I’m still on the road, but here are the last clichés:
Off the Top of my Head – Impromptu, extemporaneously, impetuously. A mid-20th century Americanism. Term appeared in Harold L. Ickes’ Secret Diary (1939). See also author June Drummond (Junta, 1989).
Make the Grade – To reach a given standard or pass a test. Alludes to climbing a steep hill or gradient and was transferred to mean any kind of success in the first half of the 20th century. There was an early appeared in print in S. Ford’s Inez and Trilby (1921).
One for the Road – One last drink of alcohol. Eric Partridge thought the term originated with traveling salesmen who applied it either to one last drink after a night’s carousing or to one more drink before one literally set out “on the road” to see more customers. From 20th century, heard less often today, especially in America where heavy drinking is increasingly frowned upon, especially for drivers.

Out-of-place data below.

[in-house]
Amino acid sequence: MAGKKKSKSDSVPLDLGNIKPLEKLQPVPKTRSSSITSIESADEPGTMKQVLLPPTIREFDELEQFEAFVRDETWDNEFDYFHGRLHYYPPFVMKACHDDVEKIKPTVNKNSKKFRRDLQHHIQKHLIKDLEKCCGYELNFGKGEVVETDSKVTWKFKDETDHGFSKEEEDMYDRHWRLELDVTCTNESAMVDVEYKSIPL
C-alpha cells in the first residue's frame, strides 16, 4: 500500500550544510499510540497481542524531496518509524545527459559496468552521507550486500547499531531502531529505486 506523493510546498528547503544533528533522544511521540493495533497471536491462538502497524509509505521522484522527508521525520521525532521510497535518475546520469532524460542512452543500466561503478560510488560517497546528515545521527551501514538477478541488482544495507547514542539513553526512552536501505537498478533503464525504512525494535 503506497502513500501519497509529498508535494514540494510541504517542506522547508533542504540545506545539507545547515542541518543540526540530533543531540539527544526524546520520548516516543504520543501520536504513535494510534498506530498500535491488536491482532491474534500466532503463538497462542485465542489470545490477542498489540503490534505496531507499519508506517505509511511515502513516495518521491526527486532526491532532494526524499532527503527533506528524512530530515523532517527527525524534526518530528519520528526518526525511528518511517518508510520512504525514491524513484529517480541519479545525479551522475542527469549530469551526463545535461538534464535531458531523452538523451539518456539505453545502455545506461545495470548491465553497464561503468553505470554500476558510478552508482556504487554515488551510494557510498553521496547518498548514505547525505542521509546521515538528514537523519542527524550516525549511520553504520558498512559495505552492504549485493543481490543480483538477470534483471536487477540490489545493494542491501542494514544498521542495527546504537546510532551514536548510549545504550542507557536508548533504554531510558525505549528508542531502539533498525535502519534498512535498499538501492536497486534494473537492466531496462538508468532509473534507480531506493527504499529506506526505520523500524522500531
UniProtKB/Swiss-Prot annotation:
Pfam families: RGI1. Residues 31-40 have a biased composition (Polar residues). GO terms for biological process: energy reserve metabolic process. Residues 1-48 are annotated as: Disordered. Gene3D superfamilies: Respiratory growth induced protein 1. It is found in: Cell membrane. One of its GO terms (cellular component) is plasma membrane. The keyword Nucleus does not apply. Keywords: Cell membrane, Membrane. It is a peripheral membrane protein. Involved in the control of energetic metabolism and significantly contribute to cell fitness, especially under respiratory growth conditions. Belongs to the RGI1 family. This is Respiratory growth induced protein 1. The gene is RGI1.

How many did you find?
I’m racking my brain to figure out my blog post while traveling. Usually I write about writing, but this trip it’s difficult. Came to say good-bye to my sister-in-law who is dying of cancer.
Make no bones about it, this trip was hard and writing a blog about writing is even harder.
So, I’ve posted my last blog clichés and since the cat has my tongue, I will say…until next post…